Of all the hundreds of bands to record jazz, there were only a relative handful that stayed home in New Orleans instead of traveling away to Chicago, Los Angeles, or New York, and were recorded playing what might be described as pure, unadulterated jazz, perhaps akin to what was played by the legendary Buddy Bolden’s band. Among the New Orleans hometown bands were those of Armand J. Piron, “Papa” Oscar Celestin, and among the finest of them all, Sam Morgan.
In spite of Morgan’s excellence in music, not much is known about his life. He was born in Bertrandville, Louisiana in the late part of the nineteenth century—most sources state 1895, others offer the date of December 18, 1887. Part of a musical family, his younger brothers Isaiah “Ike”, Al, and Andrew also turned out to be musicians. Sam, like his brother Ike and so many New Orleans greats, took up the cornet. Morgan grew up playing in the brass bands in Plaquemines Parish, and took up residence in New Orleans in the mid-1910s, where he became the director of the Magnolia Brass Band. A stroke around 1925 forced a year of convalescence, but he soon returned to music as a member of Ike’s band, the leadership of which soon became his own. With a sound characterized by a strong reed section at the forefront and a walking bass plucked out on the bullfiddle, Morgan’s band became a popular group in the Crescent City, as Morgan touted in his verse of the eponymous song: “ev’rybody’s talkin’ ’bout Sammy, ’cause Morgan’s got the best go here.” Their repertoire consisted of both hot jazz tunes like “Mobile Stomp” and “Bogalousa Strut” (both of which incidentally drew their names from nearby towns) and traditional hymns and negro spirituals like “Over in the Glory Land” and “Down By the Riverside”. On the side, Morgan ran some kind of a treasure-hunting service. When the Columbia Phonograph Company made a field trip to New Orleans in April of 1927, Sam Morgan’s Jazz Band cut four sides at Werlein’s Music Store, followed by another four that October. Morgan continued to lead his band until 1932, when he suffered a second stroke that put him out of music permanently. Following several years of ill health, Sam Morgan died on February 25, 1936.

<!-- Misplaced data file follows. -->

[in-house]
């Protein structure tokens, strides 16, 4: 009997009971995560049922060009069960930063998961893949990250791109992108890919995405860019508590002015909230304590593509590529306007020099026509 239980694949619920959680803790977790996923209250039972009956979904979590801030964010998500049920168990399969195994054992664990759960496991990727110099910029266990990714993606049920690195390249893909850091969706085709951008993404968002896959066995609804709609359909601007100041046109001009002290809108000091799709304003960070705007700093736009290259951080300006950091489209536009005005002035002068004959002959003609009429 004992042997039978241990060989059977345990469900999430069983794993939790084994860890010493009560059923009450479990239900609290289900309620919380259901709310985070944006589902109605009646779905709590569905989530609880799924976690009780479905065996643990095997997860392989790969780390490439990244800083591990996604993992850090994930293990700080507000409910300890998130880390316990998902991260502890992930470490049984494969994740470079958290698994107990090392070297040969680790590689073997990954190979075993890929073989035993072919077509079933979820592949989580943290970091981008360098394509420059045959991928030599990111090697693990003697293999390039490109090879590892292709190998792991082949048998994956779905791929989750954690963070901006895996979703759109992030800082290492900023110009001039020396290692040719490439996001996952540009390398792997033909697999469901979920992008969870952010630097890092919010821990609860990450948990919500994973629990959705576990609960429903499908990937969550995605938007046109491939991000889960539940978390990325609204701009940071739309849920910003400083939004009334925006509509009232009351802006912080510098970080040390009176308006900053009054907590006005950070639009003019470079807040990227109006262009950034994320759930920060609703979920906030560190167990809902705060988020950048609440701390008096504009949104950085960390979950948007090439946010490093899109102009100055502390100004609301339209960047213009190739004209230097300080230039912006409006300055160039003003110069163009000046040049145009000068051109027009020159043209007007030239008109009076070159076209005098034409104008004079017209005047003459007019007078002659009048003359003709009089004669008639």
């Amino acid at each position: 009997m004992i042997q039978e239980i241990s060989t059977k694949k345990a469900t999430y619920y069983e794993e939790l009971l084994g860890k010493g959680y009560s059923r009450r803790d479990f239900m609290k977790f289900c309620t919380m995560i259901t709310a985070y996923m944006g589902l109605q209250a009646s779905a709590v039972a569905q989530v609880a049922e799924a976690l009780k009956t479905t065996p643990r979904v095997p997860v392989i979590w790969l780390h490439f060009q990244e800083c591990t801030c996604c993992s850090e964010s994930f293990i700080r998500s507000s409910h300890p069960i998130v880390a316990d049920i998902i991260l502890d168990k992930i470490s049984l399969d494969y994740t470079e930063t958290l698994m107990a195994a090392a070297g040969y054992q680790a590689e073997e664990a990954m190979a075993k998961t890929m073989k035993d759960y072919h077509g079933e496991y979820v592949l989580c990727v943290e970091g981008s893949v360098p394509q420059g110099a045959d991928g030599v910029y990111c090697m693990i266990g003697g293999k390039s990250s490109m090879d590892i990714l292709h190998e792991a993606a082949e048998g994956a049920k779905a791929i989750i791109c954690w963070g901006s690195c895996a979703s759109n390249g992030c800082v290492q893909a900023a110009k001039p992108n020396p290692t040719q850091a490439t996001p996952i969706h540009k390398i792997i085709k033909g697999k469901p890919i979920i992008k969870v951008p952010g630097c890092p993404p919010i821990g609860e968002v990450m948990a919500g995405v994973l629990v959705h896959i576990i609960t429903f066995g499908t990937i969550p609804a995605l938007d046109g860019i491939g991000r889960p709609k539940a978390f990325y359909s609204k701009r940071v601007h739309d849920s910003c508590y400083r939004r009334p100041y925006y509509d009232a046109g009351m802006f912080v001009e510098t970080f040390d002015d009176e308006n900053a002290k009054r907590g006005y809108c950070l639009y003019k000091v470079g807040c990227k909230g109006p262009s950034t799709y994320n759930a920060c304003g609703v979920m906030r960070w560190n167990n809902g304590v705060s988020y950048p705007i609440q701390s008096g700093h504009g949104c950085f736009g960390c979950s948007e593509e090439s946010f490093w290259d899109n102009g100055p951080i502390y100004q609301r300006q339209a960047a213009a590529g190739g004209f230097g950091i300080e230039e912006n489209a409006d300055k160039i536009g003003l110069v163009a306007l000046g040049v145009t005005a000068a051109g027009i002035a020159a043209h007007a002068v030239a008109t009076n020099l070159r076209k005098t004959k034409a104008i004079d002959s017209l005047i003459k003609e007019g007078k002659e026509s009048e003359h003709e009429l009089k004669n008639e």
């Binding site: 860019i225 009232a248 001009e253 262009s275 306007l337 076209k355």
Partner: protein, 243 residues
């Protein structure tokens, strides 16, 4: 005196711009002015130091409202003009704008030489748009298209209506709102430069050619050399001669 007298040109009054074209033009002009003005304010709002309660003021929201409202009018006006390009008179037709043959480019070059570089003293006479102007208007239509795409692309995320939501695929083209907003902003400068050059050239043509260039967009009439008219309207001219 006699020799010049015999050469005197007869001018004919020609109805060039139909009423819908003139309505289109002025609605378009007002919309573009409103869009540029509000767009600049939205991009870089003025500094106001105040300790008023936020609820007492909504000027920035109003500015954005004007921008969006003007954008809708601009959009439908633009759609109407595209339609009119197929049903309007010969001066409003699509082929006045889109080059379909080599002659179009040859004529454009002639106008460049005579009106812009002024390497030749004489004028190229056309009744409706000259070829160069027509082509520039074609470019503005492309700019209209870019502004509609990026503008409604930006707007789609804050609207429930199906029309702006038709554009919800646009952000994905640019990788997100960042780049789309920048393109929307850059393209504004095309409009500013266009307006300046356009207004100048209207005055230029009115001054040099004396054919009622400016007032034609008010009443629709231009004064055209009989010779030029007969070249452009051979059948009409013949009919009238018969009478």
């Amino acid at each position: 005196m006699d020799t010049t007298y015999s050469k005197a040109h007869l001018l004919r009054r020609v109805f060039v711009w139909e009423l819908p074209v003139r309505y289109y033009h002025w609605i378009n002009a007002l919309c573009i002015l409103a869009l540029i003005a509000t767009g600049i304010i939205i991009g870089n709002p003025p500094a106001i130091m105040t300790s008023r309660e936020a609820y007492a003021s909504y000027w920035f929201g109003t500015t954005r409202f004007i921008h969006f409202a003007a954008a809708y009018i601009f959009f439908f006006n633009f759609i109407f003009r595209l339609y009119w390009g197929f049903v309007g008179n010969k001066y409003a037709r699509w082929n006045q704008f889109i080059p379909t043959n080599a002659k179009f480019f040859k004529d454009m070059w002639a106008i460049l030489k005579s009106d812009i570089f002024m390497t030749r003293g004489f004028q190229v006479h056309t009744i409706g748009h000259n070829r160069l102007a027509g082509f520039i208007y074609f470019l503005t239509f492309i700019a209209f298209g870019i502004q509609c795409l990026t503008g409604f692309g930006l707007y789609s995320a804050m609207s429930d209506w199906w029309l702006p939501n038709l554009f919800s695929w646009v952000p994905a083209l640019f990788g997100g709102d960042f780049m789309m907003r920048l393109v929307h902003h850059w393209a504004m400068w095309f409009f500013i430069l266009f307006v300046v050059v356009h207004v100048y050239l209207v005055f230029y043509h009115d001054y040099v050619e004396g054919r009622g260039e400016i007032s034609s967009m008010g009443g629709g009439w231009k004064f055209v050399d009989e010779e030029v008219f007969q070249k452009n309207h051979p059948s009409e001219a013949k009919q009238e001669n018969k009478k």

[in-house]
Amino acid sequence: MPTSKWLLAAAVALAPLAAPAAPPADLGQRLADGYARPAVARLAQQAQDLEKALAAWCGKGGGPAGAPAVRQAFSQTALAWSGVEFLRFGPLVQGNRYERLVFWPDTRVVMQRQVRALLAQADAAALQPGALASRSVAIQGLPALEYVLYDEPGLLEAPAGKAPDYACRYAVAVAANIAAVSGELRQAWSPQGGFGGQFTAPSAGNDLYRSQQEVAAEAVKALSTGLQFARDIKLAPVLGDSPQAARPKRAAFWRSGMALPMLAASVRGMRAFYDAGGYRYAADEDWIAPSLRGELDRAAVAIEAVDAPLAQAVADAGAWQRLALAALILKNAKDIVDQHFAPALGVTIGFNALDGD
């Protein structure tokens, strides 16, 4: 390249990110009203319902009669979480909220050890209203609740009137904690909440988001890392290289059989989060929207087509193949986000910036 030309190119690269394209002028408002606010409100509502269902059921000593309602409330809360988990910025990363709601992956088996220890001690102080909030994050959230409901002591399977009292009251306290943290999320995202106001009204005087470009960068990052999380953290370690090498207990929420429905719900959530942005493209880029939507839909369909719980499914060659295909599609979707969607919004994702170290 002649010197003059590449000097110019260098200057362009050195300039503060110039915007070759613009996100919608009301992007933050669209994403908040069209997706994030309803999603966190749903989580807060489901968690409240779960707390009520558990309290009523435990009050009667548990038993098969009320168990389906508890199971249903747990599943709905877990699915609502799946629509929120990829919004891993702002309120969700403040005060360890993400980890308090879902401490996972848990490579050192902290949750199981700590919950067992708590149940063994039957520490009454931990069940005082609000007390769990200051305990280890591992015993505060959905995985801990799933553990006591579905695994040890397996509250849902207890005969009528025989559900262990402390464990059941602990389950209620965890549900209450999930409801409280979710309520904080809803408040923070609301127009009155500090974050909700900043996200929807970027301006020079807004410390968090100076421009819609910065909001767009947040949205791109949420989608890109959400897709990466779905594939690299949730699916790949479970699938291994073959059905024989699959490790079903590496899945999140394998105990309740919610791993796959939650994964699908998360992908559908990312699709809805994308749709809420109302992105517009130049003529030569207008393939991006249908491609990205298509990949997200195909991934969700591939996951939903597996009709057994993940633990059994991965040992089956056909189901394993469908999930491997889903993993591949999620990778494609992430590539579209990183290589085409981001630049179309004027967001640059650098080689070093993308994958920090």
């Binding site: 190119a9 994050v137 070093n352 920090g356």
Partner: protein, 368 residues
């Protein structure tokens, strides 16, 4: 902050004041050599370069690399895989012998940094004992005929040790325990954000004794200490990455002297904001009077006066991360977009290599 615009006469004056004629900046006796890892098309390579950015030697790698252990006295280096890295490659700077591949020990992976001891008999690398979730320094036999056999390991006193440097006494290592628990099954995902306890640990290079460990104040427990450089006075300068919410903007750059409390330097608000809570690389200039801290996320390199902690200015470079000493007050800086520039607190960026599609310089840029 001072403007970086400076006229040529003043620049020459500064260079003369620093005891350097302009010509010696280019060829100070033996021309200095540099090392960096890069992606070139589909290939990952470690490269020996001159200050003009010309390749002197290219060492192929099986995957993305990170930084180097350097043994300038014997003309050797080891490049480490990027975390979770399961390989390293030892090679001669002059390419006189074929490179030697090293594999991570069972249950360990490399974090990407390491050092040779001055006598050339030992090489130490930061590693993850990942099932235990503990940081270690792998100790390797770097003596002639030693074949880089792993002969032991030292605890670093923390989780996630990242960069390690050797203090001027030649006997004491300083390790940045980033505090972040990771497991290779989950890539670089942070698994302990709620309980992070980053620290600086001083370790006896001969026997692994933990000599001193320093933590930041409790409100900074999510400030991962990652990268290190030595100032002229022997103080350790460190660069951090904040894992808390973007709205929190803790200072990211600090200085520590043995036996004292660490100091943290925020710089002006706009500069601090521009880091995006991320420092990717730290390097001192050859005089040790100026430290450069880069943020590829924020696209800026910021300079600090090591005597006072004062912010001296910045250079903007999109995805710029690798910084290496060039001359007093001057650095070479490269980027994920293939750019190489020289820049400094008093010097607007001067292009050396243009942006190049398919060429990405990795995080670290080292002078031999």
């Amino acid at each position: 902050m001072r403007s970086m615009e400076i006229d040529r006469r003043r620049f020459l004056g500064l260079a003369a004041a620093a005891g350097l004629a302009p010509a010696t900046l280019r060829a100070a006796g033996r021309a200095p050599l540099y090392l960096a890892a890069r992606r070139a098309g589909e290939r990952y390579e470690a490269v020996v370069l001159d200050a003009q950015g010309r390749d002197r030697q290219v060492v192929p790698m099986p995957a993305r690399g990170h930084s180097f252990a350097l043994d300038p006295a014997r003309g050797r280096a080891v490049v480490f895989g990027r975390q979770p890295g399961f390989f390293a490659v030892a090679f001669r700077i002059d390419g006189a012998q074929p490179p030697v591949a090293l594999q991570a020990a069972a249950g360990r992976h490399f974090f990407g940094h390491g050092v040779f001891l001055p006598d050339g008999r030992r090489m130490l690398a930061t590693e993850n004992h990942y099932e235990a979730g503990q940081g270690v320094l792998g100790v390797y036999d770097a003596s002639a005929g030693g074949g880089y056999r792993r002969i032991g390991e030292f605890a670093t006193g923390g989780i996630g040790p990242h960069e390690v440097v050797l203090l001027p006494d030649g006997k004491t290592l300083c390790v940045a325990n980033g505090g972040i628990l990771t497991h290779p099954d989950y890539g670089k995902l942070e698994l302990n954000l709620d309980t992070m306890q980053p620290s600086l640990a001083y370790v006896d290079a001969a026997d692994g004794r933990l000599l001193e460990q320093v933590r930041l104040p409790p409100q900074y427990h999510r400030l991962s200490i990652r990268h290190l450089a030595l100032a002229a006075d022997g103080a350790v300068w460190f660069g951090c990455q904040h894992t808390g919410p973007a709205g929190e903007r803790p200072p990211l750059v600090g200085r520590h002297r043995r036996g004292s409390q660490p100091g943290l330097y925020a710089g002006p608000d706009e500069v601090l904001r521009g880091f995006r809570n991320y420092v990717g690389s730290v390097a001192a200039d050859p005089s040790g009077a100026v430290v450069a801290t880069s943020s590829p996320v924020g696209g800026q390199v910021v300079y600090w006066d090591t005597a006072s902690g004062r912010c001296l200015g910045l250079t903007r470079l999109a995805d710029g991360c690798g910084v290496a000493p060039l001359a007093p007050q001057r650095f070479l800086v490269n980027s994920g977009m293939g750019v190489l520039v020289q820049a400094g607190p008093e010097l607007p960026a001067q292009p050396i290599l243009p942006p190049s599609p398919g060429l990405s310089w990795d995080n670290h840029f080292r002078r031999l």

Columbia 14258-D—in the “race” series—was recorded on April 14, 1927 at Werlein’s Music Store on Canal Street in New Orleans. The band consists of Sam Morgan and Isaiah “Ike” Morgan on cornets, Big Jim Robinson on trombone, Earl Fouche on alto sax, Andrew Morgan on clarinet and tenor sax, Tink Baptiste on piano, Johnny Davis on banjo, Sidney Brown on string bass, and Nolan Williams on drums.
On the first side—also the first recorded at Morgan’s first session—is “Steppin’ On the Gas”, a different piece than the 1925 tune of the same name that Jimmie O’Bryant recorded for Paramount.
On the reverse, they play another hot Sam Morgan composition: “Mobile Stomp”.